Last Updated on

Sharing is caring!

Vision Loss in Seniors

Vision loss happens slowly, so it may go unnoticed for an extended period of time. The American Academy of Ophthalmology recommends seniors get an eye exam with dilation at least every two years.

Caregivers can watch for changes as well. Any increases in the following may mean it’s time for an eye check:

  • Squinting or tilting the head when trying to focus
  • Bumping into things or knocking things over
  • Stopping reading or writing when it was something they used to enjoy
  • Missing items when reaching for them
  • Walking hesitantly or falling

There can be many reasons for vision changes, including diseases such as macular degeneration, cataracts, and glaucoma. Some are correctable. Others are not. Depending on the underlying cause of the vision changes, caregivers may also need to watch for signs of depression and help the seniors in their care cope.

This post may contain affiliate links, which means we may receive a commission if you click a link and purchase something that we have recommended. This commission comes at no additional cost to you, but will help us keep this site up and running and ad-free! Thank you for all the support. You’re under no obligation to purchase anything and should only do so if the product will suit your needs.

Coping with Vision Loss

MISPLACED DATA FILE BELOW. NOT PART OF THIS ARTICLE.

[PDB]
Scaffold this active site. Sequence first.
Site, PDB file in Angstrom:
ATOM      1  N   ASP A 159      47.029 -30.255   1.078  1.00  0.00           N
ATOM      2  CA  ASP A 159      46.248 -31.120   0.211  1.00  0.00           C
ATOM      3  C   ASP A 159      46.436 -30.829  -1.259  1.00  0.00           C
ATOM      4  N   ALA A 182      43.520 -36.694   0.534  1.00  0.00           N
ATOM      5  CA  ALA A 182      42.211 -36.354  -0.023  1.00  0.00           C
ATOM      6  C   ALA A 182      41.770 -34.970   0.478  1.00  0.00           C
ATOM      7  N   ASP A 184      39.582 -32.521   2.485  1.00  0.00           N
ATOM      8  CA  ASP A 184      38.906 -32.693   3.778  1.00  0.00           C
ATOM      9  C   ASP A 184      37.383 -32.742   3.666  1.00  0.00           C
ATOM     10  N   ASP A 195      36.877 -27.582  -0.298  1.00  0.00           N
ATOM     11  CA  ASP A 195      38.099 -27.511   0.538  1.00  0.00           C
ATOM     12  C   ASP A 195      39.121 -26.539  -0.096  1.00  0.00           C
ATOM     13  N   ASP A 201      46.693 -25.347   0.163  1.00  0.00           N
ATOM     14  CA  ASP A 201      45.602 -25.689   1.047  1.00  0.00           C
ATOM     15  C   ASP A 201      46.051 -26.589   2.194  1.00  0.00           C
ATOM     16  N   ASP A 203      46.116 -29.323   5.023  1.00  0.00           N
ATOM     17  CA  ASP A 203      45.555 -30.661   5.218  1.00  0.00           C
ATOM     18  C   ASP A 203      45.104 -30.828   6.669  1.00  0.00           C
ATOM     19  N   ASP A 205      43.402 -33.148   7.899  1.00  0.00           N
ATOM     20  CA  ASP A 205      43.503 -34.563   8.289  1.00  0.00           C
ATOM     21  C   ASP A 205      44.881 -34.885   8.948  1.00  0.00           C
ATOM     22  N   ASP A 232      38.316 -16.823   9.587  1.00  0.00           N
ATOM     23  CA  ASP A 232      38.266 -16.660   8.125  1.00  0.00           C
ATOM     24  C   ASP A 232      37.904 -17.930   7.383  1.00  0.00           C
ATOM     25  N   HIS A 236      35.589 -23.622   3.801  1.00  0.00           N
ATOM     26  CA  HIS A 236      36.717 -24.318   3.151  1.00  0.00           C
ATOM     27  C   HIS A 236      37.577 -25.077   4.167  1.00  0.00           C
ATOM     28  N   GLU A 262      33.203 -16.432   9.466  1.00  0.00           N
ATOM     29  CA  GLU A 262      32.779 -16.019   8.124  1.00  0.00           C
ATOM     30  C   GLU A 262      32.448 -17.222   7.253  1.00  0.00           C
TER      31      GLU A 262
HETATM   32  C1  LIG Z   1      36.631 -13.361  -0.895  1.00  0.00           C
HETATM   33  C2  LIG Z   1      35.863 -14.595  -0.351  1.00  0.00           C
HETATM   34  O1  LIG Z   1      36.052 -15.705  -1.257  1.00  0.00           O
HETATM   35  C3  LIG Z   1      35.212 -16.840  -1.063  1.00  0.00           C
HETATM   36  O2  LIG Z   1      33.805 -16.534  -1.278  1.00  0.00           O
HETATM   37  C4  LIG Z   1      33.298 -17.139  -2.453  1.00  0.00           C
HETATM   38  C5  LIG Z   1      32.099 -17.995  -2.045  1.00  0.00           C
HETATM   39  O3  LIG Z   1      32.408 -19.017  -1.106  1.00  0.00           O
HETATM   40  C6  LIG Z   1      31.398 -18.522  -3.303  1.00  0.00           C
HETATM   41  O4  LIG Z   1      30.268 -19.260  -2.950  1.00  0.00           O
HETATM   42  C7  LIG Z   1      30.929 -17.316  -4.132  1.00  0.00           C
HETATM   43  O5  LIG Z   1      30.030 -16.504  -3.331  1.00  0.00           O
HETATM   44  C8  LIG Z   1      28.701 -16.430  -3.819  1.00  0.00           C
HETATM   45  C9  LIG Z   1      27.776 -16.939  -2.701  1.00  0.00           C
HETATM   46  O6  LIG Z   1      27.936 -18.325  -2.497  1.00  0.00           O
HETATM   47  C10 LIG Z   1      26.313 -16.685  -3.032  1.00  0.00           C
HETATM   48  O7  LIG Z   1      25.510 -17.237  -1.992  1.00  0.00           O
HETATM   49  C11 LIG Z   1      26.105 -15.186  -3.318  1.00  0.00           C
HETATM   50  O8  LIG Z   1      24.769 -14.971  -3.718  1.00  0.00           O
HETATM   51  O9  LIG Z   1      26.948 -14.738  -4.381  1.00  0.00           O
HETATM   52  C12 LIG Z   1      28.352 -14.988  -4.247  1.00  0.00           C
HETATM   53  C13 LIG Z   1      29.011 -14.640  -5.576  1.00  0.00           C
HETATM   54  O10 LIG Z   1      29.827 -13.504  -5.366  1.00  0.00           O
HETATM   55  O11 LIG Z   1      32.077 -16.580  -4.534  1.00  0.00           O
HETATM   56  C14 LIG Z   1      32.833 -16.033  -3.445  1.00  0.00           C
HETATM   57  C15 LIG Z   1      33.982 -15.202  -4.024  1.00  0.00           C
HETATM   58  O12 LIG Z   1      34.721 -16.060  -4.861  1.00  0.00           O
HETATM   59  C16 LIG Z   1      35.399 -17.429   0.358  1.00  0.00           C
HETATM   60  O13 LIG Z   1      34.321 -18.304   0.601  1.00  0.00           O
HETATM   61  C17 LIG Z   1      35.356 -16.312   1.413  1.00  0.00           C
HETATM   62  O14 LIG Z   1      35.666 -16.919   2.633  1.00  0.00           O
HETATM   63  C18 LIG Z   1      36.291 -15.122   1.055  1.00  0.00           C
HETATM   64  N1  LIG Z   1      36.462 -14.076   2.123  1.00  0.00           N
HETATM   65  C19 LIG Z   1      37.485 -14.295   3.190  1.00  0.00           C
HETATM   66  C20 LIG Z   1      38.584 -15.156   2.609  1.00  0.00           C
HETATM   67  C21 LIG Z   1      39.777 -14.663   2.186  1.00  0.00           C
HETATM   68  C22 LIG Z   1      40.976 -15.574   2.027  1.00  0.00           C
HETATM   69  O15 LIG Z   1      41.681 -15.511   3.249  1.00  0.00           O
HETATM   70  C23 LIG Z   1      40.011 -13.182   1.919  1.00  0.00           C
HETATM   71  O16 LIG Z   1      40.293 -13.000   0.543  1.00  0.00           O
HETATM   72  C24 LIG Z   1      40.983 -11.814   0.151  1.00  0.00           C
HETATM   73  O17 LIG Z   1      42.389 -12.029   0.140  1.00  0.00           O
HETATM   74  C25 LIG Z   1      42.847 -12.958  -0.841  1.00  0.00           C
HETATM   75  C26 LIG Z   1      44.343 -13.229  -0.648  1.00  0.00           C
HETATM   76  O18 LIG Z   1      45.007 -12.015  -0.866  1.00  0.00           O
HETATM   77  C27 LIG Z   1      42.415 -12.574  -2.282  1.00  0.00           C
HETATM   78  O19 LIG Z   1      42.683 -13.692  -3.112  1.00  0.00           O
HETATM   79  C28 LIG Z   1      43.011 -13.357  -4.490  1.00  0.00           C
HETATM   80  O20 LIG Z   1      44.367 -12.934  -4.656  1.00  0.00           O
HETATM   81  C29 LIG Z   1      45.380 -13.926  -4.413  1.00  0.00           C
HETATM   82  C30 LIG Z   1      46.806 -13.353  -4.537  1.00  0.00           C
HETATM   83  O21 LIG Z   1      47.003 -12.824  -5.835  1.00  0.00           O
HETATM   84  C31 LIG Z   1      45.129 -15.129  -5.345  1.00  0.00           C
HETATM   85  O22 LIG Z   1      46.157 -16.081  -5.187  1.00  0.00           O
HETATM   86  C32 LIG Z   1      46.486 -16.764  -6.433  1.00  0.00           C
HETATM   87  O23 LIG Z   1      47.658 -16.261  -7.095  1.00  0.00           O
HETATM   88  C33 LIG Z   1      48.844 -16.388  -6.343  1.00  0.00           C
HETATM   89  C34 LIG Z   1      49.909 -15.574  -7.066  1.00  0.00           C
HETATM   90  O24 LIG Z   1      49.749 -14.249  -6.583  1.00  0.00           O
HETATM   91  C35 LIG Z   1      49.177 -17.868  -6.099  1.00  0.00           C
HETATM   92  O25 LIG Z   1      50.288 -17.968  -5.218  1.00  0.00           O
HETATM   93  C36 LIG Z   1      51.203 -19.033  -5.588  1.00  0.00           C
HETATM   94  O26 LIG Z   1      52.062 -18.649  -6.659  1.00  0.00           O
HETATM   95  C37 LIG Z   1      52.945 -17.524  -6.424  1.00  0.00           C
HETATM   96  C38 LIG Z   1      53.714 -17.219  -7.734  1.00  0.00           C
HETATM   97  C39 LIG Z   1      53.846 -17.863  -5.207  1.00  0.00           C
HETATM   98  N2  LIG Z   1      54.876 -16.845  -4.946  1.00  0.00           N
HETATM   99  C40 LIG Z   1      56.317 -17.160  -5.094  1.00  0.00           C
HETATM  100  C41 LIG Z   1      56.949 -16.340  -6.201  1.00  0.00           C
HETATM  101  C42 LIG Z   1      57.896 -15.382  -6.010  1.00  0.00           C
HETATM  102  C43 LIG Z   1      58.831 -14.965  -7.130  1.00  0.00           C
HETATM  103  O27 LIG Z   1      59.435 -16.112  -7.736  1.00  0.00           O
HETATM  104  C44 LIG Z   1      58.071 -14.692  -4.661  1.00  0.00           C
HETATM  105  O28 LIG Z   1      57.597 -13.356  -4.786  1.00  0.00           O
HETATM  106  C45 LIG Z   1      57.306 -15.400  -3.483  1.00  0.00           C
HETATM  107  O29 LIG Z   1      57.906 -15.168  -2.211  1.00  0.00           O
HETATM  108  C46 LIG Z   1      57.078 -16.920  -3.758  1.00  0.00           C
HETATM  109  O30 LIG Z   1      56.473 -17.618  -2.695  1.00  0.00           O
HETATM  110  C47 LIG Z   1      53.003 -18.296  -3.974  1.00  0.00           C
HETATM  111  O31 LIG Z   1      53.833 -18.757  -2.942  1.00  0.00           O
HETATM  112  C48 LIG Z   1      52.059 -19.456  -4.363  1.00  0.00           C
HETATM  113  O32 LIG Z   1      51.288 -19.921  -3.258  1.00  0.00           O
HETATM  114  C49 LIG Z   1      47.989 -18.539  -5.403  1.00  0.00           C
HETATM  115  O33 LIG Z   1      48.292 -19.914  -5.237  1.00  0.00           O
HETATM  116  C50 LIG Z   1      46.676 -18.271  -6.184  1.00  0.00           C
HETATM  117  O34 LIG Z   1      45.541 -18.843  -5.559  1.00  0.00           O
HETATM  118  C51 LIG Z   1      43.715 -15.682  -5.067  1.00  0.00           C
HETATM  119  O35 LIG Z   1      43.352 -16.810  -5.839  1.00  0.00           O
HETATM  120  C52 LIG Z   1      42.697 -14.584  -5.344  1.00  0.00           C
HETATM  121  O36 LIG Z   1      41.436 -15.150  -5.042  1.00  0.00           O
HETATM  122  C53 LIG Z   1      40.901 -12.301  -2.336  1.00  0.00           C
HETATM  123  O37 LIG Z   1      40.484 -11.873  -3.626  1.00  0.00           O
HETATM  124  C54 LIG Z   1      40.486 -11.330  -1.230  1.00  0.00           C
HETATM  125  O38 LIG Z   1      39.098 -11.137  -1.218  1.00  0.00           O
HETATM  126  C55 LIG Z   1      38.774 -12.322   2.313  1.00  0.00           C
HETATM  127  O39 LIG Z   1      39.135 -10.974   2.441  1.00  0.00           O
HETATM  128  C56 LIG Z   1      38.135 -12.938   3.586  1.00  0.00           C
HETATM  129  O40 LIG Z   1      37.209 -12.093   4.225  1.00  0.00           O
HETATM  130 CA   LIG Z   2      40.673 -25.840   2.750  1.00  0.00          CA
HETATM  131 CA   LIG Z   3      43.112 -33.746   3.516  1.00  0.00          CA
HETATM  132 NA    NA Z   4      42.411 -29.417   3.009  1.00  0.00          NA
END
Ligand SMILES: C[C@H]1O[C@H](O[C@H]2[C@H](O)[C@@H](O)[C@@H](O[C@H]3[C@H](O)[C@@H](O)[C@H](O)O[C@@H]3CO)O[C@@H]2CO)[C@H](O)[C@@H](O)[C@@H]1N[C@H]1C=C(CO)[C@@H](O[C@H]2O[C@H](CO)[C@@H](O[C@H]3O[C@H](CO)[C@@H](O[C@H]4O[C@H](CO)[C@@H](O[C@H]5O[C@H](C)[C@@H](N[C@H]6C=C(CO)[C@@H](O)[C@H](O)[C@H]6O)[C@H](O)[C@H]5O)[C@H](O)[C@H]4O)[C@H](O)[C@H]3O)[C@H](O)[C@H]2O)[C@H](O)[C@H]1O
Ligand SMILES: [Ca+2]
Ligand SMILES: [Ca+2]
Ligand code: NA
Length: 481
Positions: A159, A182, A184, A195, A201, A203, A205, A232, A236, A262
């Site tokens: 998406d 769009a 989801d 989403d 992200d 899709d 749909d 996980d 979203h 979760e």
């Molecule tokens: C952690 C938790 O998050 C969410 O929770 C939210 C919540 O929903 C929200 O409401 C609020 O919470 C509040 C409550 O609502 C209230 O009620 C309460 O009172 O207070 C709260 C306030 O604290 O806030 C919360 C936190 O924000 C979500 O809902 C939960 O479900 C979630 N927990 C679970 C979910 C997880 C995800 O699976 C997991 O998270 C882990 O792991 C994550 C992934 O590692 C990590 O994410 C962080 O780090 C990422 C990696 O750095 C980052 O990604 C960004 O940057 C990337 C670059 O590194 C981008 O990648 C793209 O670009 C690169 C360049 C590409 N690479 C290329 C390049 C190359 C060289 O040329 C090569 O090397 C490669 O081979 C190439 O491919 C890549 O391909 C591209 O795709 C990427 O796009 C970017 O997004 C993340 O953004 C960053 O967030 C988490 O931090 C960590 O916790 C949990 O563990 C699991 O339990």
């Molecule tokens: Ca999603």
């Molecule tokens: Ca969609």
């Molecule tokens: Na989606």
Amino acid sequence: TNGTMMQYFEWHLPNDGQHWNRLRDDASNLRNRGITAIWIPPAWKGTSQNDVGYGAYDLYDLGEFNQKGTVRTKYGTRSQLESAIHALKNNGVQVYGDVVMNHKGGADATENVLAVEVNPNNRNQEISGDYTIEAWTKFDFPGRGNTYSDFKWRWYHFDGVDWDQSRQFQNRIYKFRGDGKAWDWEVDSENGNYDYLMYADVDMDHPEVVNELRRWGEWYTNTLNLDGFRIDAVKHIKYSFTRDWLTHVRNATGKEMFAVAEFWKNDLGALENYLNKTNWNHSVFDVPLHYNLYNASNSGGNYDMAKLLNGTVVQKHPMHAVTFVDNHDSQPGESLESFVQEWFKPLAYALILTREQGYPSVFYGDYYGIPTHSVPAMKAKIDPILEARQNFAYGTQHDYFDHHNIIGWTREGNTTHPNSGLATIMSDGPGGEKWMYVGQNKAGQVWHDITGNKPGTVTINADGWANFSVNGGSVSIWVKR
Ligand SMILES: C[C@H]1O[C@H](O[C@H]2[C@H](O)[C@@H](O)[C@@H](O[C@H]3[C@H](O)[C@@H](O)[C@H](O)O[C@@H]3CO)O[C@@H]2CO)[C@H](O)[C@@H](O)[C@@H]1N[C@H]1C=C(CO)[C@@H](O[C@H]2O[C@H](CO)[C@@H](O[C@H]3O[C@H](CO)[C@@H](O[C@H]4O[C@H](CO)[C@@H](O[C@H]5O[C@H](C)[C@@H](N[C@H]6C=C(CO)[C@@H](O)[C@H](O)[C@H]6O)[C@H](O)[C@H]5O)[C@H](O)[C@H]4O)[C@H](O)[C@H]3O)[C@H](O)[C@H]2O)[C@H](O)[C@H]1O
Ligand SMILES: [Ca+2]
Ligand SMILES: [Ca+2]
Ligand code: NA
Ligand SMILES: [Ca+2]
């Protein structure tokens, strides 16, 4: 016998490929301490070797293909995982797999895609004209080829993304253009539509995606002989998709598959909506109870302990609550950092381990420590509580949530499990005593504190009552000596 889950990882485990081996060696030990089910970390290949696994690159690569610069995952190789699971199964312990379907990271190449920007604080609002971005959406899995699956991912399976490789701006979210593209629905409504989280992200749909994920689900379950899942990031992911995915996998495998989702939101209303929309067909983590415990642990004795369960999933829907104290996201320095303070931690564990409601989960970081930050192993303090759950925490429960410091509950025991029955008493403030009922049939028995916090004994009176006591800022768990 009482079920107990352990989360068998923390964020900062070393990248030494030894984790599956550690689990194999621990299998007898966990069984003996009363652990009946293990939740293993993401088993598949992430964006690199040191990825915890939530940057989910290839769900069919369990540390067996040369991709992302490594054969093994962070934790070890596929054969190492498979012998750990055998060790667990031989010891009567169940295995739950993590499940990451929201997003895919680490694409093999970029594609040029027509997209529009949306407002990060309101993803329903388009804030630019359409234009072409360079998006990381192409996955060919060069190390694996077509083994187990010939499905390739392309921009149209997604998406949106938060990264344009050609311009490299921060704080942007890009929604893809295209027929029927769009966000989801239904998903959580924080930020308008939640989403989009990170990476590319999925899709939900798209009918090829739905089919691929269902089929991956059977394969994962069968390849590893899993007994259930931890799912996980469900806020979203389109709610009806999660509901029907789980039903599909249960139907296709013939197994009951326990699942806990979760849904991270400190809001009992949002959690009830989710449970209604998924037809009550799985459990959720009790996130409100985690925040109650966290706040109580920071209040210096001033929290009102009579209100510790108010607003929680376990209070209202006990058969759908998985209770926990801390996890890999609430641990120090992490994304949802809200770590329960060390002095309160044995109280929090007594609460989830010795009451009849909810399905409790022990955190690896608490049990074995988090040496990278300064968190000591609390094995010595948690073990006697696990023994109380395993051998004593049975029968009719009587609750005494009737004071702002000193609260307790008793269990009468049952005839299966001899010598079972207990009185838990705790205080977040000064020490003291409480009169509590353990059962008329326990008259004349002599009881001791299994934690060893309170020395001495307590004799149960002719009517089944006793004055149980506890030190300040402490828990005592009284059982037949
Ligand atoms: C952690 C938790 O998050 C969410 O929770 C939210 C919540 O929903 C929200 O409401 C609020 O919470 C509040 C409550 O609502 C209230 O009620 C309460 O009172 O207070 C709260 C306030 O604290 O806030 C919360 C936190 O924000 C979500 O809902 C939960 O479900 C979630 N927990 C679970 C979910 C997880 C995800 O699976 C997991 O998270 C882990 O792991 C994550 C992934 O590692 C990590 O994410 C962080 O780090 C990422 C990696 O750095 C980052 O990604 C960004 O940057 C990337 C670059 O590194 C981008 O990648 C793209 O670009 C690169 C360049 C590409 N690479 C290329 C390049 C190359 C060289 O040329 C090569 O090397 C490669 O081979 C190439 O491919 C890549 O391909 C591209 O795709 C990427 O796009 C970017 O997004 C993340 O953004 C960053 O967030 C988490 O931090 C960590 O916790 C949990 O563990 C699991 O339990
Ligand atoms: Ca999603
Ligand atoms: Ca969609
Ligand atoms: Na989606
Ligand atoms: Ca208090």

As distressing as vision loss can be, there are ways to manage it.

Lighting

Well-lit, but glare-free surroundings can make tasks like reading, sewing, or playing cards easier. Also, be sure the lighting is even throughout the space. A bright lamp in an otherwise dark room can make it harder to see.

Put Safety First

Change the organization and setup of the home to minimize falls and include stations for everyday items like keys. Labels should be large print and easy to read. You may want to consider adding tactile indicators such as Velcro strips as well. Also, use contrasting colors such as a dark bathroom mat on a light floor to help ensure safety.

Large Print

According to the National Library Service for the Blind and Print Disabled, most adult books are set in 10 – 12 point font, newspapers are set in 8 point, and many Bibles are printed in 6 point font.

Large-print reading materials are commonly set in 16 – 18 point font. Using an e-reader to access large print books and periodicals makes it easier to zoom in as well. In addition, some newspapers, magazines, and other periodicals are being printed in large print – even crossword puzzles!

Other Large Print Items

Reading materials aren’t the only things seniors with vision loss need help seeing. Other daily task items can be challenging, as well.

A large print checkbook register makes money management easier. Also, consider a large print password book and large print keyboard to make accessing the online world a bit easier.

What other large print materials do you love? Let us know in the comments below.